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'Full-blown war' of housing NIMBYism threatens Canada's economy: CAPREIT CEO – BNN

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The head of one of the nation’s largest residential landlords is warning Canada can ill afford a “full-blown war” on higher density housing projects led by single-family home owners intent on opposing those developments.

Canadian Apartment Properties Real Estate Investment Trust (CAPREIT) chief executive officer Mark Kenney said widespread pushback against higher density supply only serves to raise asset prices, and could have a dire impact on immigration levels and by extension long-term economic growth.

“Canada has had affordable housing for decades upon decades upon decades. It’s only in the last, I’ll say 10 years that affordability has started emerging as a really serious problem. But we can’t have immigration – responsible immigration – without responsible housing policy,” he said in an interview Tuesday.

“The reality is that if we want to have these ambitions, we have to have a different housing policy. It can’t be a full-blown war against housing when we really need people coming to our country to help build our economy.”

While home ownership affordability pressures have eased slightly – average prices in Toronto fell 6.4 per cent month-over-month in April to $1,202,819 – CAPREIT has seen some of the heat seep into the rental market.

In its most recent quarter, CAPREIT’s monthly rental prices rose 10.2 per cent at units where there was tenant turnover.

Kenney said his company and the REIT sector at large are ready and willing to step in to help address supply constraints, but said the industry has been stymied by zoning rules, which are under the purview of municipalities.

“We’re very much in the acquisition of new construction apartment buildings now. CAPREIT has been building up its zoning, we have over 10 thousand units of market-viable land. It takes so long to zone this land,” he said.

“The apartment REITs are a big part of the supply solution for Canada. The apartment REITs are definitely a big part of the supply solution for Canada. We’re capitalized properly, we have the experience and we have the land.”

Kenney also pointed to modular housing as a potential solution for Canada, which badly lags the United States in adoption of that form of housing.

“This is one of the most affordable forms of home ownership there is out there. The U.S. has a very large segment of manufactured homes – close to 17 per cent of people in the U.S. live in one, versus less than one per cent in Canada – so we have an affordable home ownership solution sitting right in front of us, it’s a matter of getting zoning to allow these homes to be put in,” he said.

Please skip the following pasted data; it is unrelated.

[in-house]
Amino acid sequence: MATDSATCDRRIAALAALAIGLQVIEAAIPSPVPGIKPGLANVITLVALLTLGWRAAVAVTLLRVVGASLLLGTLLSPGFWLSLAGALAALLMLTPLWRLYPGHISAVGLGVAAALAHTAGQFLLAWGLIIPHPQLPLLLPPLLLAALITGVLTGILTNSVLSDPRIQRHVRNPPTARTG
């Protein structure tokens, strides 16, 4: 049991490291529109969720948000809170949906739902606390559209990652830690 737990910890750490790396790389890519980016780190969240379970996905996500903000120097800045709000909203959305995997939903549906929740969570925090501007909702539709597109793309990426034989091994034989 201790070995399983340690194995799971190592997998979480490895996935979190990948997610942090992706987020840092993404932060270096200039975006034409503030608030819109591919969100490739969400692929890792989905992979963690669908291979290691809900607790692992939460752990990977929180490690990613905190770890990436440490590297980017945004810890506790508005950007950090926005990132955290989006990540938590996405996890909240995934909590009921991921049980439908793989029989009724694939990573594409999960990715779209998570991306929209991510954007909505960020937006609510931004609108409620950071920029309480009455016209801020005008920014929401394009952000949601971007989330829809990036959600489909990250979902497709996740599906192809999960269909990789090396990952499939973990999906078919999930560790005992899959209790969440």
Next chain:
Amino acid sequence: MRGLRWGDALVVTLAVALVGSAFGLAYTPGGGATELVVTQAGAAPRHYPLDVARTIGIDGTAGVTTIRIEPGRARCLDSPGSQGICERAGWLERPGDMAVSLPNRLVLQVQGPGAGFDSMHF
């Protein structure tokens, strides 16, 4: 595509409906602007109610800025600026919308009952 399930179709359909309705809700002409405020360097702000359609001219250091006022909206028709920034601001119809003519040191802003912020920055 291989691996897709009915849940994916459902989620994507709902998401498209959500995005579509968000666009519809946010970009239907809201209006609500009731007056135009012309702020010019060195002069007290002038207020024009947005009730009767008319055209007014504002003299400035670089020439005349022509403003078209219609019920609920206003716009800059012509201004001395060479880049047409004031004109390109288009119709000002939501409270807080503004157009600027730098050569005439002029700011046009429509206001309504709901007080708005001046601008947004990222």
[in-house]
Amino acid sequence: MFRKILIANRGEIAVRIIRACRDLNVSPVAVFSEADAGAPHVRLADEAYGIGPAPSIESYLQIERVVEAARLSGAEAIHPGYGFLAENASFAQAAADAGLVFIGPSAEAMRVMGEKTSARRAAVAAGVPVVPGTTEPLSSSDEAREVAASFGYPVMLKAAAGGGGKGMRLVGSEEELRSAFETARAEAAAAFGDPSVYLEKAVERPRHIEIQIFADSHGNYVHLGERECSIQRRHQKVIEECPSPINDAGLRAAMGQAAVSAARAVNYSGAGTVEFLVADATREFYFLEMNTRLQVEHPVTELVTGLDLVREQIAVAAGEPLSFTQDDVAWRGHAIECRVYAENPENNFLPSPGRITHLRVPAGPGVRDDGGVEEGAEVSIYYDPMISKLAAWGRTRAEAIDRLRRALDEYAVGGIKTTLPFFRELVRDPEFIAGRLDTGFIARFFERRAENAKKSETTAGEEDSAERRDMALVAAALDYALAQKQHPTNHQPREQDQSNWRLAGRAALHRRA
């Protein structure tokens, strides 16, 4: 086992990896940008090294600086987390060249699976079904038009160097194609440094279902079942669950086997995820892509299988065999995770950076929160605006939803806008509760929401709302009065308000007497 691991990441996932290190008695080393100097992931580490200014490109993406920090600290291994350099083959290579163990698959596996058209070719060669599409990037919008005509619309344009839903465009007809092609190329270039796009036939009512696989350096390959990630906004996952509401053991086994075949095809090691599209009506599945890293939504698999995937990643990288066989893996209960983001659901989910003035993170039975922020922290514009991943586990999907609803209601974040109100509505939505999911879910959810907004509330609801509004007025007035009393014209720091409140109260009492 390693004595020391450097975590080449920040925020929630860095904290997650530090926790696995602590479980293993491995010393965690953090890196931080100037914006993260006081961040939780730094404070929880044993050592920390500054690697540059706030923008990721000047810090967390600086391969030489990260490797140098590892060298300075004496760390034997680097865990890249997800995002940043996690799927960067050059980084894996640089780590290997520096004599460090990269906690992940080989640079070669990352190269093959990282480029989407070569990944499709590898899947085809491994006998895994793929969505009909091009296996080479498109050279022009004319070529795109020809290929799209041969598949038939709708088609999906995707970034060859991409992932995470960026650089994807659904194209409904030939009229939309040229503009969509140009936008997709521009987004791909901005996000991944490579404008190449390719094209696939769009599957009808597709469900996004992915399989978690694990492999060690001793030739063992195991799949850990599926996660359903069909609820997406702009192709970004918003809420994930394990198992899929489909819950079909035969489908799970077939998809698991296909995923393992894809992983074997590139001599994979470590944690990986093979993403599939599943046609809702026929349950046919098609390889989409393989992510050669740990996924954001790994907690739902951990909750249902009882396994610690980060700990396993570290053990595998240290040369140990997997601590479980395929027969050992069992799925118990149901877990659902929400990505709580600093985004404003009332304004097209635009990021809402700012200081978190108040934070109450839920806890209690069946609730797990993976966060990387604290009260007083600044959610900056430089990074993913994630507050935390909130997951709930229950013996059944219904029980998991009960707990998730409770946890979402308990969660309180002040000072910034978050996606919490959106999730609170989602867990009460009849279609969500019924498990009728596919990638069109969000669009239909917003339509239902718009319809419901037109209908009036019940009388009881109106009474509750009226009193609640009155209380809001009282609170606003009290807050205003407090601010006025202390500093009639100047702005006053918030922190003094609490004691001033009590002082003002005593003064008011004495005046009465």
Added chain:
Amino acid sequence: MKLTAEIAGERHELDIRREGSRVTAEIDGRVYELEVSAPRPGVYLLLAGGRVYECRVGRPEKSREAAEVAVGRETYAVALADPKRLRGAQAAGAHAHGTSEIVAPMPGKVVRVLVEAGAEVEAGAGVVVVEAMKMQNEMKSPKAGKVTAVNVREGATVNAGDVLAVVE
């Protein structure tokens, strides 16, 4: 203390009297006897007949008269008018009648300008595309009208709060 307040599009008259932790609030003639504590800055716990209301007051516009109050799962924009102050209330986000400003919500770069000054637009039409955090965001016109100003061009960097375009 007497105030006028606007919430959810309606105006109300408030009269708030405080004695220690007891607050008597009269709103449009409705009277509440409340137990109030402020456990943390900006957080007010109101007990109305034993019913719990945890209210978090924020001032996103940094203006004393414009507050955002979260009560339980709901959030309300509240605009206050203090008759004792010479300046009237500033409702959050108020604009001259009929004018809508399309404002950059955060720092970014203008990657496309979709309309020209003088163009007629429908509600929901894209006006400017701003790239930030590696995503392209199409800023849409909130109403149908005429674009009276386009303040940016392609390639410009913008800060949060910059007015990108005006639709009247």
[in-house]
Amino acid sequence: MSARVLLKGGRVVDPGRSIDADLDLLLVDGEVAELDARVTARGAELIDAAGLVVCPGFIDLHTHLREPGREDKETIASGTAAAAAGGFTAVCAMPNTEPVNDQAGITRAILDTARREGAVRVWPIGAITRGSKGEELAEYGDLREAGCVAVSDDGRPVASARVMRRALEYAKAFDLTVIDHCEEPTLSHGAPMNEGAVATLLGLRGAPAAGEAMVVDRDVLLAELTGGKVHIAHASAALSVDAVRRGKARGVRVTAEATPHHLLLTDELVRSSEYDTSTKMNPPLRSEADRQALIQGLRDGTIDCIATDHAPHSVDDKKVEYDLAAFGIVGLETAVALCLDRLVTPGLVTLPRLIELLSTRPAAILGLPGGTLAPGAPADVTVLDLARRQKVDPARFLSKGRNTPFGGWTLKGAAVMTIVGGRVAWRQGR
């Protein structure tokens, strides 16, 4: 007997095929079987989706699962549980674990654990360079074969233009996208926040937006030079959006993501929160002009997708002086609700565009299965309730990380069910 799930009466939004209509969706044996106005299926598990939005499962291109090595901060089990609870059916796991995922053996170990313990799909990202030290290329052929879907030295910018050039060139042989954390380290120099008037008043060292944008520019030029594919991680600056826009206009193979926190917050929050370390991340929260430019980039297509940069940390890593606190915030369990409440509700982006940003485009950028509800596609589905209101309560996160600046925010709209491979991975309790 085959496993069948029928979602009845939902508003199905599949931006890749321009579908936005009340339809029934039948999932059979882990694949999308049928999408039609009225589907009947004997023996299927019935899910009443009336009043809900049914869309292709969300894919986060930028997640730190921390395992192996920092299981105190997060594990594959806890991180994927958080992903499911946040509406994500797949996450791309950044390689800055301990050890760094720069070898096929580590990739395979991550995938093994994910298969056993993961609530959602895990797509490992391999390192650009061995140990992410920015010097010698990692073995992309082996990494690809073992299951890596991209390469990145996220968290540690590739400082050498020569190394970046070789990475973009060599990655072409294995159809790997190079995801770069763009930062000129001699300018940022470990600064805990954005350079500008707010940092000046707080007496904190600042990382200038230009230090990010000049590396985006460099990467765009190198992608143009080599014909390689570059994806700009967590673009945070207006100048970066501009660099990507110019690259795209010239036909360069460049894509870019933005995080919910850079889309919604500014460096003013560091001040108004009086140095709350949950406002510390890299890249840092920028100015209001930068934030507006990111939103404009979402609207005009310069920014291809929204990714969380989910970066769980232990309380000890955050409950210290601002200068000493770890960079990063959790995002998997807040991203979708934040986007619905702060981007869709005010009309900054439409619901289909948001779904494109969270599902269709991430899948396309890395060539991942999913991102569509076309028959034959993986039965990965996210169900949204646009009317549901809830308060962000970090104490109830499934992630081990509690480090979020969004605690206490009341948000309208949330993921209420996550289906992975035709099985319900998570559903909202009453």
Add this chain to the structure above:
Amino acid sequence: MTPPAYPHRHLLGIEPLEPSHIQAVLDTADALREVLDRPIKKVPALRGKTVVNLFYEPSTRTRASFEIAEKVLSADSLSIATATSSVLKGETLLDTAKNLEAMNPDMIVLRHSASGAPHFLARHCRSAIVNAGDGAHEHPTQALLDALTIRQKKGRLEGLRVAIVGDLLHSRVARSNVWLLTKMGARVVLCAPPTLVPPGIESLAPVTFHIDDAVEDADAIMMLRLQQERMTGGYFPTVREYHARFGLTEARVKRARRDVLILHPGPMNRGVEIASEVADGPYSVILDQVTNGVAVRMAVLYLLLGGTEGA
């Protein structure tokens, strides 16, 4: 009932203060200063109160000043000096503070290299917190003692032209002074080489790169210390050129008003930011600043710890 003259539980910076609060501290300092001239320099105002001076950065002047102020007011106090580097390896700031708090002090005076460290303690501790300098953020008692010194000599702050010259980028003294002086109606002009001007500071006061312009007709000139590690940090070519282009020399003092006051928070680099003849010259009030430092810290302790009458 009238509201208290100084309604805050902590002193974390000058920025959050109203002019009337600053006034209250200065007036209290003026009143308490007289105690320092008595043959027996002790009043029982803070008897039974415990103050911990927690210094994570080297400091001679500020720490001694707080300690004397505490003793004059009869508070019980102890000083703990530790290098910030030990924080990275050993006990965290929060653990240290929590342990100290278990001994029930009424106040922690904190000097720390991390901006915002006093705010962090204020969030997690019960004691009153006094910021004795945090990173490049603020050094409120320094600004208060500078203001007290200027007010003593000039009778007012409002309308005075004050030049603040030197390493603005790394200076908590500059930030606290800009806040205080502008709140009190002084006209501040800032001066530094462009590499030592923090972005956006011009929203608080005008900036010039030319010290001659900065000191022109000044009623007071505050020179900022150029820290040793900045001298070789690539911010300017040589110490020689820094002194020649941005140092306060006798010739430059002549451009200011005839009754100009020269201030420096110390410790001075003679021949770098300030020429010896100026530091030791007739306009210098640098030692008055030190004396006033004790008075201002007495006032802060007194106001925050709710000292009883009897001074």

Kenney said part of the challenge is the stigmatization of modular homes, with perceptions they’re no different from the mobile homes of years past.

“The reality is that the quality of these homes are better than homes that are built in subdivisions, because they’re built in a controlled environment,” he said, adding they have “high, high energy efficiency — they’re probably the most eco-friendly form of housing you can buy.

“Terrible stigmatization, but the reality and the opportunity out there for Canada, we’re trying our hardest to get the messaging across. It’s a big part of the answer – not for big cities, but definitely in the rural areas.”

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Economy

Argentina President Fernandez Names Batakis Economy Minister to Tackle Crisis – Bloomberg

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Argentina President Fernandez Names Batakis Economy Minister to Tackle Crisis  Bloomberg



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Economy

Freaking out about the economy? Let's talk. – The Washington Post

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Businesses and consumers are increasingly worried the U.S. economy will tip into a recession. There are already growing signs that Americans are starting to spend less on dining out, vacation plans and even such routine services as manicures and haircuts. Today on “Post Reports,” we take some of your questions about the economy, and get answers from economics correspondent Abha Bhattarai, personal finance columnist Michelle Singletary and reporter Rachel Siegel, who covers the Federal Reserve.

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Economy

Household differences and why they matter – Bank of Canada

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The COVID‑19 pandemic is a good example of a downturn that affected Canadians in different ways.

Most people who could work from home during the pandemic kept their jobs and experienced little or no change to their income. At the same time, public health measures to contain the spread of the virus hit some services—such as restaurants, accommodation, travel and entertainment—particularly hard. Many people working in these sectors lost their regular source of income. Low-wage workers, especially women and young people, felt this impact more.

The unusual policy supports that the federal government put in place during the pandemic also had uneven effects. Some people received enough financial support to make up for their lost wages. Others, however, did not. Similarly, while some households with fewer opportunities to spend were able to reduce their debt, others took on more debt.

By early 2022, most of the pandemic’s uneven impacts on employment were reversed. As well, households across income groups were, on average, in healthier financial positions than they were before the pandemic.

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